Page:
Column: The bravest people I know – Salem Reporter

One man was homeless, then found a home, and then lost his home. He said he was sorry he had missed that opportunity, and he wanted to try again. When some waiting lists opened up, I helped him apply online.

Last week a housing person contacted me, asking if I could find him, and to call him as soon as possible – his name came up for a potential opportunity. I often don’t know where people are, yet I am lucky and grateful to know people who know people, who know people. Someone told me the same day that he had been found and was contacting the housing person. Wow!

I bumped into them today, and asked them how they were, and if this could be a possibility. And they call me Bubbles, from when I used to bring bubbles and giant bubble wands to the local park. And people would blow bubbles with me, or not. And mostly, over time, people joined in. Even the shy guys, whose reputations were hard to foster and protect.

He told me parts of his story that I didn’t know. When he first got housing, they wanted him to do rehab and counseling and take mental health medications. And he told them that he knew the steps to rehabilitation and that he could do it on his own, if he wasn’t struggling to survive on the streets. And he told them that he wasn’t taking medications, and he wasn’t getting counseling to wallow in his past, because that’s not who he is anymore. He’s not going back to that; there’s no purpose in it. And despite his rejection of those conditions, they gave him housing anyway.

He told me he asked the housing lady what the conditions were this time? Are there conditions attached? And she told me the same conditions. And she told me he didn’t need rehab, and he wasn’t on medication. And in the past I was thinking why not?! Why not find more stability through medication? And now I’ve learned a lot about how and why medications aren’t viable for many people – our medications and “cures” can often be worse than the diseases they’re supposed to cure or alleviate. And now I still have a lot to learn. But at least now I know there are legitimate reasons why people may choose not to take medications, and the reasons aren’t about being service resistant. A lot of times, the system and medications are actually resistant to people.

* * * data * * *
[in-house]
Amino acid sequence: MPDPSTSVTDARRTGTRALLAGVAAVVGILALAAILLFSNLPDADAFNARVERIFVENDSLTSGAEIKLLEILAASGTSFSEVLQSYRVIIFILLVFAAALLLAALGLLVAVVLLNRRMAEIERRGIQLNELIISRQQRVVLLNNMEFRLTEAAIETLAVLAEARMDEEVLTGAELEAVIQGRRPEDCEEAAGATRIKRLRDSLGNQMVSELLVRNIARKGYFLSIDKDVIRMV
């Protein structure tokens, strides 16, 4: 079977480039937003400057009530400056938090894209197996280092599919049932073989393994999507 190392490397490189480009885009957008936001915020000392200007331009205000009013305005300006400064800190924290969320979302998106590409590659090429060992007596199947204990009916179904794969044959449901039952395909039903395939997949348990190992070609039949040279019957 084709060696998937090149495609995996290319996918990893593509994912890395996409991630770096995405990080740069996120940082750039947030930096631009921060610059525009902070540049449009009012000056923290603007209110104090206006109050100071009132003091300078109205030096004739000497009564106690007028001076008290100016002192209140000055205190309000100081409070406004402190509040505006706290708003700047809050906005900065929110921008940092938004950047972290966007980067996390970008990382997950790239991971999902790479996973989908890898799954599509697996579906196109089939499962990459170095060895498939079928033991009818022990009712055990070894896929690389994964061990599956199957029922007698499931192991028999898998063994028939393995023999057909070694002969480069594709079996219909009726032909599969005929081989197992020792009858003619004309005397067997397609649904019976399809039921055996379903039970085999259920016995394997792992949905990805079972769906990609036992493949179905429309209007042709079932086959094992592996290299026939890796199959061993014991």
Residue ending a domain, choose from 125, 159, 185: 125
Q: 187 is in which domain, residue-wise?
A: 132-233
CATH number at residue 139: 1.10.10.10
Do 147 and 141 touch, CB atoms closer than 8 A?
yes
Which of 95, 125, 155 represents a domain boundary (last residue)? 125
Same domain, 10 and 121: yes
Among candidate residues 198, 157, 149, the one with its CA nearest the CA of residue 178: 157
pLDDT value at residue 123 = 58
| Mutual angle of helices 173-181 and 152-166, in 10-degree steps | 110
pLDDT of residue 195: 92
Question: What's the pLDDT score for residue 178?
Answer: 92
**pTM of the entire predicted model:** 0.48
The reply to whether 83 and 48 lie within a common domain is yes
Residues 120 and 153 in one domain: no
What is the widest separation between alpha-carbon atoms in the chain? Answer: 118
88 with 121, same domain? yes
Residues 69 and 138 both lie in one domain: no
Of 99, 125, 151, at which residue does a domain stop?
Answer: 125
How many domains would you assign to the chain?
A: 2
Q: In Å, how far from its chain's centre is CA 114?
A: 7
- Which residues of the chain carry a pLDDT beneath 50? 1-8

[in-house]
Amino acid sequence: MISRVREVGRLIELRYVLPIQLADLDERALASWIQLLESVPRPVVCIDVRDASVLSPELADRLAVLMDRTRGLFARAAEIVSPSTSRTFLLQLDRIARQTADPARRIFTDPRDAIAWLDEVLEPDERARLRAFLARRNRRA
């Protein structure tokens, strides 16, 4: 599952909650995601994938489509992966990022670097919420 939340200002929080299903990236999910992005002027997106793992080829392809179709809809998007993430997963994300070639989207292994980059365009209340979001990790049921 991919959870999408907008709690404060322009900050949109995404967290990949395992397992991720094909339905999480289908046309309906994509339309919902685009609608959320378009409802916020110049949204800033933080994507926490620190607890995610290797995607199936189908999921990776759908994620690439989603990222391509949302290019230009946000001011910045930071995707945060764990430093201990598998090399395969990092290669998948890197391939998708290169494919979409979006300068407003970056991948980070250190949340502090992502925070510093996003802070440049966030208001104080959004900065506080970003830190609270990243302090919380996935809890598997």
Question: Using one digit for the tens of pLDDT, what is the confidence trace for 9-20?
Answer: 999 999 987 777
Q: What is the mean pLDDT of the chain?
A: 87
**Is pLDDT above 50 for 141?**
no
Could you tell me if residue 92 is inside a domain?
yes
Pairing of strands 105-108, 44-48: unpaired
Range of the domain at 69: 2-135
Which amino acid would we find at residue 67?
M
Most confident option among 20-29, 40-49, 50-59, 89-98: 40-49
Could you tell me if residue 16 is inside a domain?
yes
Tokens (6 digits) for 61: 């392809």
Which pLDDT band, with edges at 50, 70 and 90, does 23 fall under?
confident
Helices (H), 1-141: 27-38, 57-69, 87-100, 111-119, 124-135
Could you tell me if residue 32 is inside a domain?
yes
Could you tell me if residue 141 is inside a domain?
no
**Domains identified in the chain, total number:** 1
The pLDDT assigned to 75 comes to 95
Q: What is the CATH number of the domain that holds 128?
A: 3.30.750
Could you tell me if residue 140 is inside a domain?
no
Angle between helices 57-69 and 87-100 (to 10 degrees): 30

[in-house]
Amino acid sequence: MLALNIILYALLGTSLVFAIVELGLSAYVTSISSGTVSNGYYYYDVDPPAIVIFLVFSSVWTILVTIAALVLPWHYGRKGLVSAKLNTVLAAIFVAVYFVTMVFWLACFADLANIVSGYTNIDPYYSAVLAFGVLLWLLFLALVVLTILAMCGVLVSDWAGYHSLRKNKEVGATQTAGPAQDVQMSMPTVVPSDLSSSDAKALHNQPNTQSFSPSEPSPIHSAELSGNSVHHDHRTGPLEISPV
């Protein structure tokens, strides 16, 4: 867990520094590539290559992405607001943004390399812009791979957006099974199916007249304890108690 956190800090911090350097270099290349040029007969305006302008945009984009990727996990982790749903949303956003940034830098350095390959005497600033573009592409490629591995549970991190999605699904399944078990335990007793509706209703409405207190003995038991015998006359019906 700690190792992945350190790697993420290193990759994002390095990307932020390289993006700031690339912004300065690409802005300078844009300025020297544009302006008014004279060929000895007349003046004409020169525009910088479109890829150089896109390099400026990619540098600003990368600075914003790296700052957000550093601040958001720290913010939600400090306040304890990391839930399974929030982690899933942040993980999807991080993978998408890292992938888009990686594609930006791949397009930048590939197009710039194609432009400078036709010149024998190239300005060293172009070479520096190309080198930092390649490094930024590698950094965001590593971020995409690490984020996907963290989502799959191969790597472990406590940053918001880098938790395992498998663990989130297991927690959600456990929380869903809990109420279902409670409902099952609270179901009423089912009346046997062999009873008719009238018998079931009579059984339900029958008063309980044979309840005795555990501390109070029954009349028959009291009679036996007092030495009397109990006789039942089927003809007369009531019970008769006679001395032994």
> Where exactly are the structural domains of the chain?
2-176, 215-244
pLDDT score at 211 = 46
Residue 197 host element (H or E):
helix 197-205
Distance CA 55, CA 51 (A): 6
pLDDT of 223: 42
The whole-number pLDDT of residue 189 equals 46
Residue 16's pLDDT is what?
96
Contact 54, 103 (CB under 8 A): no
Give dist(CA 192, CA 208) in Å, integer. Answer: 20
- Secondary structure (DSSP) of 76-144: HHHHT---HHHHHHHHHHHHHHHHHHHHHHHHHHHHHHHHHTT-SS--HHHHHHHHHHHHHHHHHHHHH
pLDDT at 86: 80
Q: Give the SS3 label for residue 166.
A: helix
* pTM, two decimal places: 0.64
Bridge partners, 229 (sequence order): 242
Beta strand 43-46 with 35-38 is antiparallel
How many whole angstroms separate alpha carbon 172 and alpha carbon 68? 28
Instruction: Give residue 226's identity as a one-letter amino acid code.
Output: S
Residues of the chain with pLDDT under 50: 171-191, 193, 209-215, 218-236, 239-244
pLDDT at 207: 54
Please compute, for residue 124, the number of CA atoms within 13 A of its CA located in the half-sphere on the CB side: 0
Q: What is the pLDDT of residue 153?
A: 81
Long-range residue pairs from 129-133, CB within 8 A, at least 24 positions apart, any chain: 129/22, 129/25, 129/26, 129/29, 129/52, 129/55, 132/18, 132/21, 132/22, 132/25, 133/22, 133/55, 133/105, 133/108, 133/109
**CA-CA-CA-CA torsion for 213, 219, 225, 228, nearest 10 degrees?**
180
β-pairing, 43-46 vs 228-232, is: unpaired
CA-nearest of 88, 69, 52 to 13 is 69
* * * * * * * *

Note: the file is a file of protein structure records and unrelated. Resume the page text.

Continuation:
And he tells me he doesn’t need counseling. What good could come from rehashing past pain, situations, and feelings? What good could come from sharing things he’s ashamed of? And he’s not that person anymore anyway – who he is now is what matters.

And then she asked him – what if he goes to a counseling session with her? And he told me again that he is not doing counseling. Why would he let himself go through all of this? And, if he accepts her offer to go with him, he would be *someone* who would be listening to all of his private feelings and situations.

And then he tells me this – he thought about this some more, and it became even more clear that she’s offering to go to counseling with him. And this is a woman who will sign up to hear the counselor say things to him. She’ll hear things she’ll never forget. She’ll stay up some nights, not be able to sleep, because of some of the things she hears. And he tells me that this woman is willing to do that for him. And he’s going to accept her offer. Because this woman is real.

I know this woman only as a colleague at work. I have always liked and admired her. Today, she has grown very tall.

Many bad and terrible things happen every day. Good things also happen every day, even if they get less publicity. Neither good nor bad negates the other. And angels also walk among us.

And today, this man and his housing officer are the bravest people I know.

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Lynell Wilcox – Special to the Salem Reporter

Lynell Wilcox has served the homeless in Salem for six years – initially volunteering at the warming center and events for the homeless. As people shared their stories over the years, she saw how much a smile and a hello could create commonality, connection and sometimes hope. And hope can change everything. She writes about some of the things she’s learned along the way, and shares some stories. She loves her children very much, and she loves bright colors, cats, happy clothes, music, cooking, the sky, dogs and daisies.

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